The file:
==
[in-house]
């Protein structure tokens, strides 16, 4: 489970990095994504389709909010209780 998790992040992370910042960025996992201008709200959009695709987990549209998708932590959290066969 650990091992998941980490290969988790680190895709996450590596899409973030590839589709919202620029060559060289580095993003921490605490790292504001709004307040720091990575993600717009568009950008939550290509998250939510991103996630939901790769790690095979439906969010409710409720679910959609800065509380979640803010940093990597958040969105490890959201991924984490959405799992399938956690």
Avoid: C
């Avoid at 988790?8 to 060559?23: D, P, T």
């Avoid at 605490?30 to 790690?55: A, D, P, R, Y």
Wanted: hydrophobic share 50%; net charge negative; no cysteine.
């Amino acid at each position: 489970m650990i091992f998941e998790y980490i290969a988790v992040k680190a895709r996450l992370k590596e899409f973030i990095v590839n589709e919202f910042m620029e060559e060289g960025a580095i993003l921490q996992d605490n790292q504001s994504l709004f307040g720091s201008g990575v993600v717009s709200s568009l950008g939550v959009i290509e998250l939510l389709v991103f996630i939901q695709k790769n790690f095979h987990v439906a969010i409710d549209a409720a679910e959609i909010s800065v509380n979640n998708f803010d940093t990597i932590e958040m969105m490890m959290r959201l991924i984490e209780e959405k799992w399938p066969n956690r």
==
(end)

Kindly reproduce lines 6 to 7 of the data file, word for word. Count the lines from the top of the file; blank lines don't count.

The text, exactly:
Wanted: hydrophobic share 50%; net charge negative; no cysteine.
């Amino acid at each position: 489970m650990i091992f998941e998790y980490i290969a988790v992040k680190a895709r996450l992370k590596e899409f973030i990095v590839n589709e919202f910042m620029e060559e060289g960025a580095i993003l921490q996992d605490n790292q504001s994504l709004f307040g720091s201008g990575v993600v717009s709200s568009l950008g939550v959009i290509e998250l939510l389709v991103f996630i939901q695709k790769n790690f095979h987990v439906a969010i409710d549209a409720a679910e959609i909010s800065v509380n979640n998708f803010d940093t990597i932590e958040m969105m490890m959290r959201l991924i984490e209780e959405k799992w399938p066969n956690r």